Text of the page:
NAICS is the North American Industrial Classification System. It was developed in the 1990s as a part of the North American Free Trade Agreement (NAFTA) to provide a common basis for the U.S., Canada, and Mexico to measure their economic activity.

The transition between SIC and NAICS has been taking place at different times for different government statistical series. Employment related data changed from SIC to NAICS in 2001 when all employers ceased to report their information based on SIC and switched to NAICS. NOEP employment-related data use employer-reported data from 2001 on and a special series of data using NAICS codes for 1990-2000 imputed by the Bureau of Labor Statistics.

GDP related data changed from SIC to NAICS in 2003, but the Bureau of Economic Analysis re-estimated GDP data on a NAICS basis back to 1997.

NOEP data are estimated from the NAICS codes for all years since 1990. Data also are available on an SIC basis for reference purposes for 1990, 2000, and 2001.

For more information, see The SIC and NAICS Industrial Classifications of the User Guide.

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How do the SIC and NAICS classification systems differ?

There are four major differences between the two classification systems:

  1. Different groupings of industries. For example, under SIC restaurants were included in the Retail sector, while hotels were in the Services sector. Under NAICS they are together in Leisure and Hospitality services.
  2. More detail. Many industries were divided into smaller groups to provide additional detail in NAICS. For example, casino hotels and all other hotels were combined in SIC, but are separate industries under NAICS.
  3. More information on services related industries. The single SIC Services industrial division was subdivided into five (5) different services sectors under NAICS.
  4. A change in the basis of classification. Under SIC, each establishment was classified based on the principal line of business of the firm. Under NAICS, the classification is based on what the establishment does. For example, a ship building firm with its headquarters in one county and its ship yard in another county would have seen both establishments classified as Ship & Building under SIC. Under NAICS, the shipyard would still be a ship building facility, but the headquarters would now be classified under Management.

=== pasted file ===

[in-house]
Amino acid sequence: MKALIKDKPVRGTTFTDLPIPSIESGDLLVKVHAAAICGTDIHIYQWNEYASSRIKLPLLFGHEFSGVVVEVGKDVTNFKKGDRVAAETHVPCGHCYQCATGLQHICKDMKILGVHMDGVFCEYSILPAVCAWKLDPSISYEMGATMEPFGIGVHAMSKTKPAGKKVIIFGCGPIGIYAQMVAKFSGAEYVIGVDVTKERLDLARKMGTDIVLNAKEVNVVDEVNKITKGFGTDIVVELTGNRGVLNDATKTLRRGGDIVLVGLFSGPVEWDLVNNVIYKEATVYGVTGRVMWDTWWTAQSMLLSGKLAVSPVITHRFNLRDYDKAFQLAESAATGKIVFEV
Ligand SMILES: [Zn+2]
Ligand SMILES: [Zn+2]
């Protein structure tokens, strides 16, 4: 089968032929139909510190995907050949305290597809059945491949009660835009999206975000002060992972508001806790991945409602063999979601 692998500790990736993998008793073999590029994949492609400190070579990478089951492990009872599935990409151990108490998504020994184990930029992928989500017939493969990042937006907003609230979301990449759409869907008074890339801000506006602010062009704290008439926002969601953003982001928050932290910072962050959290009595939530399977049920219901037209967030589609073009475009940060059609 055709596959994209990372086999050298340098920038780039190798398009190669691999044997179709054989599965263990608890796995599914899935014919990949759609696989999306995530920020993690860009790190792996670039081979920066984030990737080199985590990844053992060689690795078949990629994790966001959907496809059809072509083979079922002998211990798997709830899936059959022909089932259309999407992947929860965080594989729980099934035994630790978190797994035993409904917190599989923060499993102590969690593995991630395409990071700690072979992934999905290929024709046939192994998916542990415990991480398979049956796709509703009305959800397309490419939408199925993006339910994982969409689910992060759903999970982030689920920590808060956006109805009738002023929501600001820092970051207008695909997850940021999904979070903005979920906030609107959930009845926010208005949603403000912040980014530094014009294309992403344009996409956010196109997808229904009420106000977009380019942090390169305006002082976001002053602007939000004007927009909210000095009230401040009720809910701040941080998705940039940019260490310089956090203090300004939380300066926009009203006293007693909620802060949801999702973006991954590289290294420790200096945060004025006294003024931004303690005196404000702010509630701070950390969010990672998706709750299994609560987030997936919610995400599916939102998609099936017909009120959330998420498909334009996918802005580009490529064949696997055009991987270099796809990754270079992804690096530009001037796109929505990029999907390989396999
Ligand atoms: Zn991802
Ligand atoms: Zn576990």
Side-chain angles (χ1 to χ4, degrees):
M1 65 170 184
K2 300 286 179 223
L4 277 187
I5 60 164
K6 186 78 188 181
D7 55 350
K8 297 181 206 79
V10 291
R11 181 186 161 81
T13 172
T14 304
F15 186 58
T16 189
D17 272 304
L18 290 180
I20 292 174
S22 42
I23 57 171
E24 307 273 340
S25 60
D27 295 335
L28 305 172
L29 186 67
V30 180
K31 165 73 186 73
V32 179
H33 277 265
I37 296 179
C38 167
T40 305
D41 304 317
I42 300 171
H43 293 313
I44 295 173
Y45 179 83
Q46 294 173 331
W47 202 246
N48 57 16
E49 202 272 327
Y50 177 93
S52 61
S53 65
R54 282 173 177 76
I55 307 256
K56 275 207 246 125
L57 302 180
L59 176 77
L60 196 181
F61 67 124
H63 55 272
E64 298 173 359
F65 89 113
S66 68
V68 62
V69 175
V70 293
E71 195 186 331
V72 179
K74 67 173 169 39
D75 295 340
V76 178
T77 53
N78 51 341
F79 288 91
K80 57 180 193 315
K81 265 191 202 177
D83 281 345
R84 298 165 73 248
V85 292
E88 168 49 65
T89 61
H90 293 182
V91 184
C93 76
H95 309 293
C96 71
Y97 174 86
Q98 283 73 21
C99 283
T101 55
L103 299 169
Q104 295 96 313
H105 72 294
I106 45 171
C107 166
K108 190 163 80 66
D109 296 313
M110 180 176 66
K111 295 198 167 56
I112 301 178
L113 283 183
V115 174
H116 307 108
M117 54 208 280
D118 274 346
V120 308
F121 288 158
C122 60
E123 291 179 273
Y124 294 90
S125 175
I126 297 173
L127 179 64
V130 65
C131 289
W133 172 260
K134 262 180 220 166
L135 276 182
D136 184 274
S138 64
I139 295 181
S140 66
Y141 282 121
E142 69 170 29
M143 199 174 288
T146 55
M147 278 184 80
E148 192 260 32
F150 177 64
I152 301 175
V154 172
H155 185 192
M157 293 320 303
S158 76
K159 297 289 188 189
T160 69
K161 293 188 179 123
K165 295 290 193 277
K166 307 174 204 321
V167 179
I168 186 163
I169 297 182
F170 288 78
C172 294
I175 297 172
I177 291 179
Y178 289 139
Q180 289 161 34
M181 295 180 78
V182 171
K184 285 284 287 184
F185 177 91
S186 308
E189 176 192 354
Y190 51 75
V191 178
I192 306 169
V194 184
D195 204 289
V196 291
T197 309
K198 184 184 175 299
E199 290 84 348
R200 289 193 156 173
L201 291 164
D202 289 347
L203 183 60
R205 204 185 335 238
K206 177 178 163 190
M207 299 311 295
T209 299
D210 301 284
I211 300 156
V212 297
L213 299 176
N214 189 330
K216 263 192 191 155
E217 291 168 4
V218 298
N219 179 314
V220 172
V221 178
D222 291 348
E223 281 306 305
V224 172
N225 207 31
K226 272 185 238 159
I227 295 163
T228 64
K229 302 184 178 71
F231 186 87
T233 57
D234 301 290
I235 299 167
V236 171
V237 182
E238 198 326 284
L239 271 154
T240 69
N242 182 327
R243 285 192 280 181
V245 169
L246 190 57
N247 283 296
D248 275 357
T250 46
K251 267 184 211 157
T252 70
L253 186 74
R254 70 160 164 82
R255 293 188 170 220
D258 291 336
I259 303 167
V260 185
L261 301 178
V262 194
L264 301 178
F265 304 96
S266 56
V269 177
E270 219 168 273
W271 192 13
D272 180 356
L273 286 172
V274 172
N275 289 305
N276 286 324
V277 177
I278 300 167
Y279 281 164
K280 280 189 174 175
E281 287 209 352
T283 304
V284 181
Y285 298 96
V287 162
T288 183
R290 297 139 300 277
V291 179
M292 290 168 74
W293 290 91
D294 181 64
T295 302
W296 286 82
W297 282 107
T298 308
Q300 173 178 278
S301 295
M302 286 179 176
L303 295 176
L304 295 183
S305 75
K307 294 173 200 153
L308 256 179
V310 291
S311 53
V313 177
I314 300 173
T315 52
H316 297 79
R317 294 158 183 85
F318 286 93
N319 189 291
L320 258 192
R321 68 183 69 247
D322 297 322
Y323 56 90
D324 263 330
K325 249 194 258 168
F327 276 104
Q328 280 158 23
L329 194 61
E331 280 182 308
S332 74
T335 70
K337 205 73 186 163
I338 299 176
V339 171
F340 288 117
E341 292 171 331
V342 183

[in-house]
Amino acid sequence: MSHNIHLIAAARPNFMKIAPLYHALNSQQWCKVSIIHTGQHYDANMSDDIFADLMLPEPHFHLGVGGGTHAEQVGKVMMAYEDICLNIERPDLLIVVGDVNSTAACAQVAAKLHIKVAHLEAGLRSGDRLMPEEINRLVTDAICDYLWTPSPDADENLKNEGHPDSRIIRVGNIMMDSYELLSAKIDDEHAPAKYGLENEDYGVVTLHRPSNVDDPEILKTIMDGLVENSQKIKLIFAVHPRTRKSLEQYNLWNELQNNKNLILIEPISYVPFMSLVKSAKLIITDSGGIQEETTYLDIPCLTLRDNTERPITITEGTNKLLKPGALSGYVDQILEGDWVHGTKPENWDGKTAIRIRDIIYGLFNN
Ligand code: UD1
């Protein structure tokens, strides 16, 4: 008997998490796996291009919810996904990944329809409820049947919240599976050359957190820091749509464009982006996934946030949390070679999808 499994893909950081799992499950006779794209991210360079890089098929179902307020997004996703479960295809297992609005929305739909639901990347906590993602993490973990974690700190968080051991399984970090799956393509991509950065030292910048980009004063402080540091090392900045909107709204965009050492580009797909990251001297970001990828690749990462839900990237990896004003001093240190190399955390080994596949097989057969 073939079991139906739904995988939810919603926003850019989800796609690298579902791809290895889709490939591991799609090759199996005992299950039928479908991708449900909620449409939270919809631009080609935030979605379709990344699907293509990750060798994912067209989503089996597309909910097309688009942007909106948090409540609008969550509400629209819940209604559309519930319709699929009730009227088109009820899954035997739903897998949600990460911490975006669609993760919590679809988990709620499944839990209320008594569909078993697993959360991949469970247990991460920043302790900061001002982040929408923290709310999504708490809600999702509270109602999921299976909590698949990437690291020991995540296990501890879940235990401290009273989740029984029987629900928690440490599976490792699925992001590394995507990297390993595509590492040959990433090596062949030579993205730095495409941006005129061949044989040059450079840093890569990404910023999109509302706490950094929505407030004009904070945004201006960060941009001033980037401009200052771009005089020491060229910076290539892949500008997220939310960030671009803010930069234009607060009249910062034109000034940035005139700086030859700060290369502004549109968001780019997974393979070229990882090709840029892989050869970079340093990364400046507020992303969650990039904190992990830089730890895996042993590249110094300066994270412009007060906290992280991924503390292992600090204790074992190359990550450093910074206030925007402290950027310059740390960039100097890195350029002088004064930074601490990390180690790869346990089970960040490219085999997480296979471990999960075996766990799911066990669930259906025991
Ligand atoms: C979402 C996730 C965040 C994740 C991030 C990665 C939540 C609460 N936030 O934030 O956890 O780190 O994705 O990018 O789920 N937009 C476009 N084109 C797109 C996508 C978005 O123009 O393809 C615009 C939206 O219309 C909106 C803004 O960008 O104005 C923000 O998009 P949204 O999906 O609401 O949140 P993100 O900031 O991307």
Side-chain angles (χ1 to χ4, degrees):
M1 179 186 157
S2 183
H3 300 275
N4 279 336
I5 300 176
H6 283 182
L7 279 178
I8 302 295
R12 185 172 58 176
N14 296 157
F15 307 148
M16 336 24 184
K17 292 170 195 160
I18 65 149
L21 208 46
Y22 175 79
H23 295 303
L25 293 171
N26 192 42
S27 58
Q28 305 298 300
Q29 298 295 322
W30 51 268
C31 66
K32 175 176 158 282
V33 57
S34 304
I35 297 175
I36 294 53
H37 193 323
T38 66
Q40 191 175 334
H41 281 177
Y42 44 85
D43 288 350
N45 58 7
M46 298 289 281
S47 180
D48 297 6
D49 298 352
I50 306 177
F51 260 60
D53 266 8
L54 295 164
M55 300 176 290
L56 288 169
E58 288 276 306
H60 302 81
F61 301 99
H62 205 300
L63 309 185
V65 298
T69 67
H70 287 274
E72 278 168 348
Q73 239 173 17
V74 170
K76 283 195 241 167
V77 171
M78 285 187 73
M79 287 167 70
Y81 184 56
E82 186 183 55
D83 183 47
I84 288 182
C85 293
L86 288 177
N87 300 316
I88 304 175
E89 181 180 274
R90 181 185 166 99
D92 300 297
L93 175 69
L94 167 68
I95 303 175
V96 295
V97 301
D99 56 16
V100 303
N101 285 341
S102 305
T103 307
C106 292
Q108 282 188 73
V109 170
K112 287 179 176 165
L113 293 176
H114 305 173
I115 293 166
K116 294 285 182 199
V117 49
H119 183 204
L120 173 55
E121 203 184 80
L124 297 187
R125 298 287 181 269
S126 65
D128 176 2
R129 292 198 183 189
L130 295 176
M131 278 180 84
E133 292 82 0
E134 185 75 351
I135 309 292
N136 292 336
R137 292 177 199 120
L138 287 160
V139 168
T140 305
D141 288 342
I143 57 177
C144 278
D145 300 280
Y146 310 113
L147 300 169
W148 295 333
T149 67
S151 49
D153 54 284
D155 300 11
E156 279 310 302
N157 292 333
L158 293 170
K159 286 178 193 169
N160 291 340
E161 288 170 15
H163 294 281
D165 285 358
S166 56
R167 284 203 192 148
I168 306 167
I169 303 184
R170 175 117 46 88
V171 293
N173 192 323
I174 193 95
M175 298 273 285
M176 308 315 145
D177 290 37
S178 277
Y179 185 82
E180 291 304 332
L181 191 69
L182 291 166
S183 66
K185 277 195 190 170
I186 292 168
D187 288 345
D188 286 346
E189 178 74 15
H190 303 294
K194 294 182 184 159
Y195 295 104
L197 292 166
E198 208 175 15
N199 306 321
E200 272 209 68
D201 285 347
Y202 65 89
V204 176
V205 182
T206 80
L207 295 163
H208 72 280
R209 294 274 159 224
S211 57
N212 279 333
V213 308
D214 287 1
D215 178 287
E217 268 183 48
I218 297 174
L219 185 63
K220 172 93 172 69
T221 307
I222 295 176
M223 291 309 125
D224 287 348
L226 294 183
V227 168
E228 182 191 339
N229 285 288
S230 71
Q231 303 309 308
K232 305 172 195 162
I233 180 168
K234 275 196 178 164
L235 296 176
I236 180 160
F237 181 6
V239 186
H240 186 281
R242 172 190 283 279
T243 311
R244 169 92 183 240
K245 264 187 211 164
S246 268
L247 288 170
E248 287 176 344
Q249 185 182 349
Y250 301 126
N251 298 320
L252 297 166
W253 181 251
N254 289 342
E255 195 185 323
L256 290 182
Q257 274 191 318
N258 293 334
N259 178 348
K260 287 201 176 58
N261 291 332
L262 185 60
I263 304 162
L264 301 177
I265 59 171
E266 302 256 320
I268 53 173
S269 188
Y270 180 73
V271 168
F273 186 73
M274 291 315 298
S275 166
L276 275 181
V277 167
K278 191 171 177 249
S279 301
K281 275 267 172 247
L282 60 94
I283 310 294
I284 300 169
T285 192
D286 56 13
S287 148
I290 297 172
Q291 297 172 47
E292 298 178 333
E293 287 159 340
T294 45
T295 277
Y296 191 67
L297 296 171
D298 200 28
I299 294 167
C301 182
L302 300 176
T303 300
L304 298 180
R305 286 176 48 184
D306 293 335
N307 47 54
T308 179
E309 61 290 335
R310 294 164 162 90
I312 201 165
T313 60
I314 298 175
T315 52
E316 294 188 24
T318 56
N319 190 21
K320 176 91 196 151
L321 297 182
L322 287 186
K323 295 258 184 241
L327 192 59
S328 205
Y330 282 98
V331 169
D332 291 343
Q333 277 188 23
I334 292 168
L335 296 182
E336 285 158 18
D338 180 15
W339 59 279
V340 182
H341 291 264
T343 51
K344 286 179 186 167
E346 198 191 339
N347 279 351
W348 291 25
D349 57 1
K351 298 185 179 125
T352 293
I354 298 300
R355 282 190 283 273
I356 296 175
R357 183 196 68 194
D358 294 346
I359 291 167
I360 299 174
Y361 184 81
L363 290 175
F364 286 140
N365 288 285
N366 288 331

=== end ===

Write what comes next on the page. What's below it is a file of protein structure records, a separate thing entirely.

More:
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How does the difference between SIC and NAICS affect the measurement of the Ocean and Coastal Economies?

The NAICS classification provides greater precision in the definition of a number of industries than the SIC. As a result the Ocean Economy definitions under NAICS are able to exclude many establishments with no, or questionable, connection to the ocean. The NAICS estimates tend to be somewhat smaller than SIC estimates as a result.

Both NAICS- and SIC-based definitions of the OceanEconomy are provided for each state (except Massachusetts) in 2001 so that users can compare the two systems.

For more information, see NAICS and Ocean Industries of the User Guide.

For more information on Massachusetts, see Why are Massachusetts' data different?)

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Why are casinos and refineries coded separately?

Casinos and refineries are large industries, often located in coastal areas. However, their connection to the ocean is subject to debate. hence, data on casinos and refineries are presented as separate industries within the sectors so that users can decide whether to include them in their own OceanEconomy data. However, users should note that the large size and small numbers of these establishments make them particularly vulnerable to data suppressions for confidentiality purposes. Thus data on these two industries are shown for only those counties where there are more than three casinos or refineries.

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Why are no data shown in many cases?

Federal law prohibits the publication of any economic data that could reveal the characteristics of a single establishment. The majority of NOEP OceanEconomy data are based on confidential establishment-level data, which are not accessible to the public, and which, must be carefully screened in order to avoid violating federal law. The Coastal Economy data are from publicly available BLS data sources and use a sufficiently high level of industrial aggregation such that data suppressions are rare.

The NOEP data derived from confidential data sources are passed through four (4) levels of screenings. Data for any industry in any location that fails any one test are not shown. ("Region" in these definitions means states or counties.)